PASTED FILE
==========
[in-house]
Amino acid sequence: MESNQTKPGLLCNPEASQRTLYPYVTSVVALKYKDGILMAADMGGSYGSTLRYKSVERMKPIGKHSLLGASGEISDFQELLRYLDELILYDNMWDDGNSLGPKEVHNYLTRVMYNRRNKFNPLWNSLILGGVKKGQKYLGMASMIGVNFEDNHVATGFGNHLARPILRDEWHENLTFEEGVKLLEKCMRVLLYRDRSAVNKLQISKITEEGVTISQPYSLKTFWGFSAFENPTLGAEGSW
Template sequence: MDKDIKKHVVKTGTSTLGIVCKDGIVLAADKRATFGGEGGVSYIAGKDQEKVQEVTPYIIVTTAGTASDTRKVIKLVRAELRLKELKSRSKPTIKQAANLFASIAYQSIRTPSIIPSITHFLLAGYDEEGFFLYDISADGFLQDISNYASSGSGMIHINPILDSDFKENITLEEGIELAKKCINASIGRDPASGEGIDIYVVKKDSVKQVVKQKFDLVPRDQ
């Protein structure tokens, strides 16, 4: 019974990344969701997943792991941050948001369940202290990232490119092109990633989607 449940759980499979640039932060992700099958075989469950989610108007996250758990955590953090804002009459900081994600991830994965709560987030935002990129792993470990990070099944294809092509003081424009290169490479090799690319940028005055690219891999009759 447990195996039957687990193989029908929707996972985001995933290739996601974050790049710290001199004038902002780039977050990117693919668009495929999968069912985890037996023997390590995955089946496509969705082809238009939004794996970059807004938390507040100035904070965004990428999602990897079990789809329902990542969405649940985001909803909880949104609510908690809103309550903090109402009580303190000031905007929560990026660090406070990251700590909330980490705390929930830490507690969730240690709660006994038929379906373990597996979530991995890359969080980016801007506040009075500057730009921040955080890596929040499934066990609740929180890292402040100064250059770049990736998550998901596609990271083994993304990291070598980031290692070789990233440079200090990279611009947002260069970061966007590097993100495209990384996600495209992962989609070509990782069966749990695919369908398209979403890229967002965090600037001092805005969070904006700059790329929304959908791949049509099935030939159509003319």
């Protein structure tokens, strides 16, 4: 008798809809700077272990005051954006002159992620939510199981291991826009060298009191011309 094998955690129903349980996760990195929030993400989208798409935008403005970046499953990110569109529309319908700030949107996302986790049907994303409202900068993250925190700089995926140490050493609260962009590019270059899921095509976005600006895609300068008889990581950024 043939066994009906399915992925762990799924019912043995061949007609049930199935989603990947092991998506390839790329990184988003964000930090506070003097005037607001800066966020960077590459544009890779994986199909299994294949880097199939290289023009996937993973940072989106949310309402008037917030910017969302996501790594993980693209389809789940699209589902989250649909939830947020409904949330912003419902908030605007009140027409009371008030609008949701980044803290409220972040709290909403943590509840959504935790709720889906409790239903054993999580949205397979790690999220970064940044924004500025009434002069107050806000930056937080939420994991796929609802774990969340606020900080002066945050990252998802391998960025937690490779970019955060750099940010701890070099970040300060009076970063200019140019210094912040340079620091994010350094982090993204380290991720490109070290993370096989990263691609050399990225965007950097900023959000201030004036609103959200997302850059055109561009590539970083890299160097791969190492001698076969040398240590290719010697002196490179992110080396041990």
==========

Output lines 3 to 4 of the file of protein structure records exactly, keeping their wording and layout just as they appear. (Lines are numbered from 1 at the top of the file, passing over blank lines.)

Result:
Template sequence: MDKDIKKHVVKTGTSTLGIVCKDGIVLAADKRATFGGEGGVSYIAGKDQEKVQEVTPYIIVTTAGTASDTRKVIKLVRAELRLKELKSRSKPTIKQAANLFASIAYQSIRTPSIIPSITHFLLAGYDEEGFFLYDISADGFLQDISNYASSGSGMIHINPILDSDFKENITLEEGIELAKKCINASIGRDPASGEGIDIYVVKKDSVKQVVKQKFDLVPRDQ
């Protein structure tokens, strides 16, 4: 019974990344969701997943792991941050948001369940202290990232490119092109990633989607 449940759980499979640039932060992700099958075989469950989610108007996250758990955590953090804002009459900081994600991830994965709560987030935002990129792993470990990070099944294809092509003081424009290169490479090799690319940028005055690219891999009759 447990195996039957687990193989029908929707996972985001995933290739996601974050790049710290001199004038902002780039977050990117693919668009495929999968069912985890037996023997390590995955089946496509969705082809238009939004794996970059807004938390507040100035904070965004990428999602990897079990789809329902990542969405649940985001909803909880949104609510908690809103309550903090109402009580303190000031905007929560990026660090406070990251700590909330980490705390929930830490507690969730240690709660006994038929379906373990597996979530991995890359969080980016801007506040009075500057730009921040955080890596929040499934066990609740929180890292402040100064250059770049990736998550998901596609990271083994993304990291070598980031290692070789990233440079200090990279611009947002260069970061966007590097993100495209990384996600495209992962989609070509990782069966749990695919369908398209979403890229967002965090600037001092805005969070904006700059790329929304959908791949049509099935030939159509003319």